Saved from probable ruin, the chapel was restored in 1989. All that remained was to provide it with a purpose worthy of its historical past and spiritual vocation. This was the main preoccupation of Tobiasse, world-famous contemporary artist, who made it a place of Ecumenism and chose the theme "life is a party" to illustrate this rebirth.

In the authenticity of his creative gesture, Théo Tobiasse told with vivacity and poetry a universal tale that would return this place to an atmosphere favourable to contemplation. He speaks of life, cohesive celebration, profound nostalgia, the spirituality of the soul. A tangle of colours structures this monumental composition. It conjures up the warm shades of the earth and the infinite blue of the sky. His triumphant and anxious stroke creates and sculpts powerful lines which unite fullness and breakage.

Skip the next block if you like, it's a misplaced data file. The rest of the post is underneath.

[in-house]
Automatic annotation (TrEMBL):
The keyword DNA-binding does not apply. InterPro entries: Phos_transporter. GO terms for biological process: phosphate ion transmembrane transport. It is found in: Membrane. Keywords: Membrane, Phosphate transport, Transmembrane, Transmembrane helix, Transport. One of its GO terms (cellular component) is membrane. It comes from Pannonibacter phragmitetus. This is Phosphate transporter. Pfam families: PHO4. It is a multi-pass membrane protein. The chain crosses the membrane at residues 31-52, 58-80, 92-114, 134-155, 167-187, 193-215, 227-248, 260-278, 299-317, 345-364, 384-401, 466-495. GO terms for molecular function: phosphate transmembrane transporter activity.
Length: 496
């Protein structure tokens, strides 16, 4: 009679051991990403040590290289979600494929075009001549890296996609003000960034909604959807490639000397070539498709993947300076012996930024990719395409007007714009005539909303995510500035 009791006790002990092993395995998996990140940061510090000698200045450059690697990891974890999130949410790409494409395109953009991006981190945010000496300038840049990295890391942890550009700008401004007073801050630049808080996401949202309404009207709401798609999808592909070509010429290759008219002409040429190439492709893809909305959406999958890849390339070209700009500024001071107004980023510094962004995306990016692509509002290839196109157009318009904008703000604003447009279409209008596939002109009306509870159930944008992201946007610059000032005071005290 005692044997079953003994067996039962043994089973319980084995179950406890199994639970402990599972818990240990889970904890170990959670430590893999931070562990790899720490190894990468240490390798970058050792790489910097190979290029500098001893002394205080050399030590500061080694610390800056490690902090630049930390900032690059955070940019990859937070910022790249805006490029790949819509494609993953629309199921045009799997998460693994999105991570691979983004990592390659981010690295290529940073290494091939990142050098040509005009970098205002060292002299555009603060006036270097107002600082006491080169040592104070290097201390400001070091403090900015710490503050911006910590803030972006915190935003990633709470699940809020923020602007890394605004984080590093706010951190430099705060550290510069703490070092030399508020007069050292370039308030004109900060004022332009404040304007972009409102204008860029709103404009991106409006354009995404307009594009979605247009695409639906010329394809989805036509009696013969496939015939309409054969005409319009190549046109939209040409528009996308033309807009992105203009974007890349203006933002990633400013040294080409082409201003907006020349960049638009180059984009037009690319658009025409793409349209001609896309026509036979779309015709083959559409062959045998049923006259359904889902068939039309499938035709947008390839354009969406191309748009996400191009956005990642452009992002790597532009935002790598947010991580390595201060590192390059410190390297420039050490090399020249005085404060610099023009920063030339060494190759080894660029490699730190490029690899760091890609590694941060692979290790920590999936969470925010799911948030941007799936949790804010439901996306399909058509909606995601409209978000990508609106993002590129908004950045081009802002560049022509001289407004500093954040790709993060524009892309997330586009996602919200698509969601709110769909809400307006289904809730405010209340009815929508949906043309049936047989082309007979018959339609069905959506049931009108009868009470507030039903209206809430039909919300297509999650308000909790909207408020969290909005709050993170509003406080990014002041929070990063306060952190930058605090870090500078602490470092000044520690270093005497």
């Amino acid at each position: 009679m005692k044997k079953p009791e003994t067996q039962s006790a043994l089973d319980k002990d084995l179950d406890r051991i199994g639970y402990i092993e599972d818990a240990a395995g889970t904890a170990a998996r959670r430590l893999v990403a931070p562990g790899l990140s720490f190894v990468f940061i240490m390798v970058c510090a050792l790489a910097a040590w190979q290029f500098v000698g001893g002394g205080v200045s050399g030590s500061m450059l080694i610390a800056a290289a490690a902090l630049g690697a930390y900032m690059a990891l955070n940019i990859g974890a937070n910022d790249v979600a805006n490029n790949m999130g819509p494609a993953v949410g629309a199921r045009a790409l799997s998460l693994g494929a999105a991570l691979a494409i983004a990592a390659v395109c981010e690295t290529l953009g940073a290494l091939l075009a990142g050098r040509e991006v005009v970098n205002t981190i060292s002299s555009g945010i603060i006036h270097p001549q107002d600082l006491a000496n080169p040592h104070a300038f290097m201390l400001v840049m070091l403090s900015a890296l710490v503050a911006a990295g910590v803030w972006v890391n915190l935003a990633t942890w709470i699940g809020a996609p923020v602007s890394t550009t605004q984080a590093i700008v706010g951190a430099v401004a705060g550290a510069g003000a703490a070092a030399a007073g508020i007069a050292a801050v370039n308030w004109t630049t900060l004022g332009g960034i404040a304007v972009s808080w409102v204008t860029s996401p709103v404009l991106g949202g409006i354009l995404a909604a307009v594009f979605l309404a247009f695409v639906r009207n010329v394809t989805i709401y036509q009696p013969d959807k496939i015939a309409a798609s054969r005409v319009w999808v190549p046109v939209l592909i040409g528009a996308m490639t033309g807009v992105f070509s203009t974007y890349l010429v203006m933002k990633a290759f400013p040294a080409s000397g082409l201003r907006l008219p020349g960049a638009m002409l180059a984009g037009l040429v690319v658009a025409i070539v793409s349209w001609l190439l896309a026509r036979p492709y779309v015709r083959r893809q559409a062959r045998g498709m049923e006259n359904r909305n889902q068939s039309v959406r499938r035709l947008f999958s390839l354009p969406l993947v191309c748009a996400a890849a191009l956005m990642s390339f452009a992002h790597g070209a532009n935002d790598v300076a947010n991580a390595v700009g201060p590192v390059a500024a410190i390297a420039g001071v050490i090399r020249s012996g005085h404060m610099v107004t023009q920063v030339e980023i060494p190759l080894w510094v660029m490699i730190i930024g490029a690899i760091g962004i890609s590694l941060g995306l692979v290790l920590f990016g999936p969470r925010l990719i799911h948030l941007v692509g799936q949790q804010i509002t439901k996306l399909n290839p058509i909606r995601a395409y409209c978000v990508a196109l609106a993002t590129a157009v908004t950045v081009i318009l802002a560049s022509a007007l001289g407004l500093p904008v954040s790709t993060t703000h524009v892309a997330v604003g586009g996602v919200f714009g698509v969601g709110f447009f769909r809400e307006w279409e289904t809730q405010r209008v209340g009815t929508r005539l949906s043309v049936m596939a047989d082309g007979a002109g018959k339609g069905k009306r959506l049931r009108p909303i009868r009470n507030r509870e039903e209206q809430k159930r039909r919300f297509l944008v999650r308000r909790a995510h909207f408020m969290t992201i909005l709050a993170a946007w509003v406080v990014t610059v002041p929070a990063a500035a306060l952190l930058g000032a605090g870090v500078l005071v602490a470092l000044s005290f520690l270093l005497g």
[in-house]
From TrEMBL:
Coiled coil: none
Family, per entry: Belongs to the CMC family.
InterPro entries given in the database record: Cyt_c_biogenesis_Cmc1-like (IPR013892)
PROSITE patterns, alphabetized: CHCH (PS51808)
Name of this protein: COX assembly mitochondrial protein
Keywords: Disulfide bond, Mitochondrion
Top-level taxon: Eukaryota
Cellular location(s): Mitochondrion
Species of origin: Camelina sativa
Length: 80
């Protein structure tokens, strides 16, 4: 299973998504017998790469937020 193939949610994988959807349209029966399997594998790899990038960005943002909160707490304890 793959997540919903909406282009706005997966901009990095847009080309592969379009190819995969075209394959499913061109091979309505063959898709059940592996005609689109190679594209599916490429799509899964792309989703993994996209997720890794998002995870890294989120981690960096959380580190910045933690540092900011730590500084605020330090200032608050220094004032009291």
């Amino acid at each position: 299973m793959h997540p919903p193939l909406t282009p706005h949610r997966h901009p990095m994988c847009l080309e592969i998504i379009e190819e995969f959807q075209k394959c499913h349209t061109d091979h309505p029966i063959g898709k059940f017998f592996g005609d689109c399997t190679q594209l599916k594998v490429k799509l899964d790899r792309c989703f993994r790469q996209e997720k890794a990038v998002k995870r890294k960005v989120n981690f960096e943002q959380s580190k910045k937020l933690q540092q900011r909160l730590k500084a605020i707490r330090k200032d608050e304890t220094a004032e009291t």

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The Notre-Dame-des-Anges Chapel


We owe the construction of this chapel to the testamentary disposition of a member of one of Le Cannet's founding families: Guillaume Calvy. It was thus built in 1557 to "honour God, Notre Dame des Anges and Saint-Crépin, in the vineyard of the lieu-dit Vallon de Malleys" (Saint-Crépin being the patron saint of cobblers, Guillaume Calvy's profession).

The church contains a poorly lit and rectangular nave, and a porch open onto the outdoors. The entrance of the porch is composed of a large arched doorway resting on moulded capitals. This type of porch, known as a "narthex", enabled the catechumens to follow the religious services without entering the church – the narthex of the Saint-Sauveur Chapel was destroyed on the 20th of November 1884 in order to widen rue Saint-Sauveur. Two low walls ending in pillars frame a little wooden gate that closes the porch at mid-height. Three arcades resting on moulded abacus pillars are carved into the lateral walls. The exterior of the nave is covered in an ochre coating, whereas the archway and pillars are coated in white.